Friday, October 21, 1774.
To the People of Great Britain, from the Delegates appointed by the several English Colonies of New-Hampshire, Massachusetts Bay, Rhode Island and Providence Plantations, Connecticut, New-York, New-Jersey, Pennsylvania, the Lower Counties on Delaware, Maryland, Virginia, North Carolina, and South Carolina, to consider of their Grievances in General Congress, at Philadelphia, September 5, 1774.
Friends and Fellow-Subjects: When a Nation, lead to greatness by the hand of Liberty, and possessed of all the Glory that heroism, munificence, and humanity can bestow, descends to the ungrateful task of forging chains for her friends and children, and instead of giving support to Freedom, turns advocate for Slavery and Oppression, there is reason to suspect she has either ceased to be virtuous, or been extremely negligent in the appointment of her Rulers.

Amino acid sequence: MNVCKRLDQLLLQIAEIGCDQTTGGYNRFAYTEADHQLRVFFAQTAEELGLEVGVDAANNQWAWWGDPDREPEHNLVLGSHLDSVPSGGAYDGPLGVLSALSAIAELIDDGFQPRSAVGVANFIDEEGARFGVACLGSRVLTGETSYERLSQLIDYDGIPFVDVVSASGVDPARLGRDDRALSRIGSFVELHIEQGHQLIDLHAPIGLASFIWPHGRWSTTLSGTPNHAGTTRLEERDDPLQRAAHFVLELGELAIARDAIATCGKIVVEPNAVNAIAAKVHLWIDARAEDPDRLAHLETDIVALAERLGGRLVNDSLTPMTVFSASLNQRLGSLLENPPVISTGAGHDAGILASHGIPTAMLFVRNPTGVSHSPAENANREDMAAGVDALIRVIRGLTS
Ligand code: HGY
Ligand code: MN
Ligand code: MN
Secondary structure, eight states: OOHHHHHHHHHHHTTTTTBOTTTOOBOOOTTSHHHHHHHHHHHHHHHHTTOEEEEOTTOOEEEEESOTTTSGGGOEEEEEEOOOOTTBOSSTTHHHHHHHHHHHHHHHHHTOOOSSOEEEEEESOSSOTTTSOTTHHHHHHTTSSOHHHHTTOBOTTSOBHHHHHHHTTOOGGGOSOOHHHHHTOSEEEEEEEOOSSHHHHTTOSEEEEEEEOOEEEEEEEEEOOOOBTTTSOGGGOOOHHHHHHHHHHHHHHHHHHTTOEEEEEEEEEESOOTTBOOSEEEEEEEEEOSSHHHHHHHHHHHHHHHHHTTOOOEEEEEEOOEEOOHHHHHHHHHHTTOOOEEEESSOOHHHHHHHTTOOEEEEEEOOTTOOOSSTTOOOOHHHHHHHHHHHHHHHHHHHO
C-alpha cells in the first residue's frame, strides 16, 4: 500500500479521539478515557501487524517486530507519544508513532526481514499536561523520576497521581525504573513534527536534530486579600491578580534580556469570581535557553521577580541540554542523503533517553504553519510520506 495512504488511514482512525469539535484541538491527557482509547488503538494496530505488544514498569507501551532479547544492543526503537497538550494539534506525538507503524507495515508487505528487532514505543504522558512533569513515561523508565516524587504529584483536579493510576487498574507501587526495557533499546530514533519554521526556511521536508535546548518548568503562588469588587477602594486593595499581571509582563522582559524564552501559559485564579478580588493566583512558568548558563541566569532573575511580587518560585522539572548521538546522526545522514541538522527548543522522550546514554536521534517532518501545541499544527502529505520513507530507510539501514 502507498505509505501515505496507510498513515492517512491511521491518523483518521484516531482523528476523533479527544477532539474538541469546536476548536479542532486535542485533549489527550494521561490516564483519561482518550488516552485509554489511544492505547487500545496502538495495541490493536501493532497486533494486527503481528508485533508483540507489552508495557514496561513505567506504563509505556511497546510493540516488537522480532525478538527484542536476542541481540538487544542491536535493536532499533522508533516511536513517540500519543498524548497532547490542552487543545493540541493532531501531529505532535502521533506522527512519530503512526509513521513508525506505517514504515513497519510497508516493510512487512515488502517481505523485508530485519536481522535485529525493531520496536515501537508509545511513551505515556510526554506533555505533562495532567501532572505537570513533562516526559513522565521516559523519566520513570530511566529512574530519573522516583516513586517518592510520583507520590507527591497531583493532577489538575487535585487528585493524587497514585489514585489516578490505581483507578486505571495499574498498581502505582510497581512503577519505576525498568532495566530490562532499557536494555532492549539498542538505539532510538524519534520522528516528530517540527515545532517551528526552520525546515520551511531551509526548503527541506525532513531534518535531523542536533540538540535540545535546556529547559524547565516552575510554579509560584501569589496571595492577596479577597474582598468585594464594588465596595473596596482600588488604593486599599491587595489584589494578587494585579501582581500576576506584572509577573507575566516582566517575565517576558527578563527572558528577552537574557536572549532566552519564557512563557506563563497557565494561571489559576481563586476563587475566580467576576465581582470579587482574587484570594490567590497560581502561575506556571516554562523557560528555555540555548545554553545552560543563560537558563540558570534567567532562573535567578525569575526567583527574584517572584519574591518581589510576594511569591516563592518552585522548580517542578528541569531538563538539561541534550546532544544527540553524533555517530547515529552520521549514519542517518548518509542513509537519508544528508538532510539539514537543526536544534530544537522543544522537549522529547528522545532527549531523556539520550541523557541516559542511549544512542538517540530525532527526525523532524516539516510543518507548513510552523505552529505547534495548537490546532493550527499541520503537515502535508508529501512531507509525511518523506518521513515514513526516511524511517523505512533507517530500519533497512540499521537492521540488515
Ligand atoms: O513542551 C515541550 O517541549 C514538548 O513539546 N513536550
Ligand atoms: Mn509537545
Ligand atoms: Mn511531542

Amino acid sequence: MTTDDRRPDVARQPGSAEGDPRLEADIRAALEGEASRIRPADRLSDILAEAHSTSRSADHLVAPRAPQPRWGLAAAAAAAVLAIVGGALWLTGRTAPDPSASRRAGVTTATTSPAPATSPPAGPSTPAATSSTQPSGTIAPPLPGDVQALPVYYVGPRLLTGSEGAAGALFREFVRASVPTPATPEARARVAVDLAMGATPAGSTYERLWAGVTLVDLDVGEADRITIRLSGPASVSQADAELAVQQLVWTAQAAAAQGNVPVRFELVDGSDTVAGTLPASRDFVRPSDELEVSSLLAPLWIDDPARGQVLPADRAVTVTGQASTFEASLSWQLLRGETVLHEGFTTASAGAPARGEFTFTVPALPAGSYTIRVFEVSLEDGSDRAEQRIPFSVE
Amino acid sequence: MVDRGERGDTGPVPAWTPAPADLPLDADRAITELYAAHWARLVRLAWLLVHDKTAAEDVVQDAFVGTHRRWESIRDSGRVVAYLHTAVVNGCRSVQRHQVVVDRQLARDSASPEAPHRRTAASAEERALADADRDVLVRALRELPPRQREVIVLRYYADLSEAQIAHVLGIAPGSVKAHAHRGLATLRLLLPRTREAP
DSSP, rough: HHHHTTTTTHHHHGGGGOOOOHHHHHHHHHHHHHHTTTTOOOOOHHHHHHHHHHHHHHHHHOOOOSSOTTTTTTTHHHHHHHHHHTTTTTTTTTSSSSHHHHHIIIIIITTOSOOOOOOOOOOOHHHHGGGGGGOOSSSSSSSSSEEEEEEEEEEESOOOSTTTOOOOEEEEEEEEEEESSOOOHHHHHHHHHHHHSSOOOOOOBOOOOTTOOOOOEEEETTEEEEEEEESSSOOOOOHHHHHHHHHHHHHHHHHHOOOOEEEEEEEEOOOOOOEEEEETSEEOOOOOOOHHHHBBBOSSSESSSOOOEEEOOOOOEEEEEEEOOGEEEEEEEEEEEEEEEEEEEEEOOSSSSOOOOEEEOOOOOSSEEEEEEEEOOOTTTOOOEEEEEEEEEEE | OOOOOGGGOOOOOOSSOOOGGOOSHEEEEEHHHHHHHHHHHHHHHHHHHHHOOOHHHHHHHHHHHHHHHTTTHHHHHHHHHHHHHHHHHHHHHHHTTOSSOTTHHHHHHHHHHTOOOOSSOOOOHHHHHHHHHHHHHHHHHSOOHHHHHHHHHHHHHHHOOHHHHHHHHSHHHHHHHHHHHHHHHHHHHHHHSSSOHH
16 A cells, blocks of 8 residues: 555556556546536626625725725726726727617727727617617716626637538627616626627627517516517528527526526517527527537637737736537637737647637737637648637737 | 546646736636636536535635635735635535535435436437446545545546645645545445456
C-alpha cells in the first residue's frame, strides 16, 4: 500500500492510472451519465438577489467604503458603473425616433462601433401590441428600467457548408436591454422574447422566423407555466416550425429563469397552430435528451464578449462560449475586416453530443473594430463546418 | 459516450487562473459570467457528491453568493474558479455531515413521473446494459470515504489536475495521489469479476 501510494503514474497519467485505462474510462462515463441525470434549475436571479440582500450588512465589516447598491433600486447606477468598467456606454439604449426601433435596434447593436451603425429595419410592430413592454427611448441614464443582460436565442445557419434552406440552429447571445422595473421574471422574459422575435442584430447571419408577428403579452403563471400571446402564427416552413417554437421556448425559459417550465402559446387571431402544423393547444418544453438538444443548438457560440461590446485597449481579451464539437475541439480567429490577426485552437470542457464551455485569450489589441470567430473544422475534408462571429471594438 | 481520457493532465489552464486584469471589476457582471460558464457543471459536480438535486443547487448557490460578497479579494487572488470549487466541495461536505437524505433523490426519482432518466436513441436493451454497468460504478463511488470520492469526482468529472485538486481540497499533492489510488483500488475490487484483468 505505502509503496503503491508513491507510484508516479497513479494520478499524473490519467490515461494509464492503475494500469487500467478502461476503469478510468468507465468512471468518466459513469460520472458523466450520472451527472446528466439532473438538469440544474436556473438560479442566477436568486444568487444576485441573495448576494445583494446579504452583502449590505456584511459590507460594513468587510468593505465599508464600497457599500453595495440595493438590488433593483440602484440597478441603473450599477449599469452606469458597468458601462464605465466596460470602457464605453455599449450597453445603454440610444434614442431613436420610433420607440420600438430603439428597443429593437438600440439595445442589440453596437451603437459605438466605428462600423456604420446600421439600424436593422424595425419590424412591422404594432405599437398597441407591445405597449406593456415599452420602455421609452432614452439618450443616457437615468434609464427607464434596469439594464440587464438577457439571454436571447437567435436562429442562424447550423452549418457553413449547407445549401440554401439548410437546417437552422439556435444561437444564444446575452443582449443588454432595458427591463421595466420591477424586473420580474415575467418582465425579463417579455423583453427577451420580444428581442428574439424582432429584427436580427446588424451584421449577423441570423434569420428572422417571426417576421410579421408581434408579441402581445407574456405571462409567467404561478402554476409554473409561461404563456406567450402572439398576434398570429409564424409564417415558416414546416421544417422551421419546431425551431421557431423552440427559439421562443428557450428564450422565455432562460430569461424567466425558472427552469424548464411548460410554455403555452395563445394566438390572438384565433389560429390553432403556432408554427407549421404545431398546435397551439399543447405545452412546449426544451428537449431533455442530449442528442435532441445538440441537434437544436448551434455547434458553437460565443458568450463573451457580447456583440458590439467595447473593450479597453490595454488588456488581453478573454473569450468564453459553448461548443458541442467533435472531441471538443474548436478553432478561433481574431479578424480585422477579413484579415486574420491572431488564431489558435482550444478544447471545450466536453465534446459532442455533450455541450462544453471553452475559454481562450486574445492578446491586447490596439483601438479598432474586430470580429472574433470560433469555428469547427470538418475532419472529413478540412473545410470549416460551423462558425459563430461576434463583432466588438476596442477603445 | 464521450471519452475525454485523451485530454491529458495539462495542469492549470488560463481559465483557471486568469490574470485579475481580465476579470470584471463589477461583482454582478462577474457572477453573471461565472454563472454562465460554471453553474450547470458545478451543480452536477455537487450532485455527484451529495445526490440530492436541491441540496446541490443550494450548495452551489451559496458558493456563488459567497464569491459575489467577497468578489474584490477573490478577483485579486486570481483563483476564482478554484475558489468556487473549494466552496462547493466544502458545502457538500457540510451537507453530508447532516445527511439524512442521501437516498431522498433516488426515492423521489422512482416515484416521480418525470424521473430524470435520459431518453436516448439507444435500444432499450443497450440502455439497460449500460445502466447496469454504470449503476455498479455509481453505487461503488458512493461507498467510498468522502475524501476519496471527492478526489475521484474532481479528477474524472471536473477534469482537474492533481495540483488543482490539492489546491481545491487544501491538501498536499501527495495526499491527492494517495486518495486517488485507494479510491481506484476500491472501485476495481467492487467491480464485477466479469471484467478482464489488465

In almost every age, in repeated conflicts, in long and bloody wars, as well civil as foreign, against many and powerful Nations, against the open assaults of enemies, and the more dangerous treachery of friends, have the inhabitants of your Island, your great and glorious ancestors, maintained their independence, and transmitted the rights of Men, and the blessings of Liberty, to you, their posterity.
Be not surprised therefore, that we, who are descended from the same common ancestors; that we, whose forefathers participated in all the rights, the liberties, and the Constitution you so justly boast of, and who have carefully conveyed the same fair inheritance to us, guarantied by the plighted faith of Government, and the most solemn compacts with British Sovereigns, should refuse to surrender them to men who found their claims on no principles of reason, and who prosecute them with a design, that by having our lives and property in their power, they may with the greater facility enslave you.
The cause of America is now the object of universal attention; it has at length become very serious. This unhappy country has not only been oppressed, but abused and misrepresented; and the duty we owe to ourselves and posterity, to your interest, and the general welfare of the British Empire, leads us to address you on this very important subject.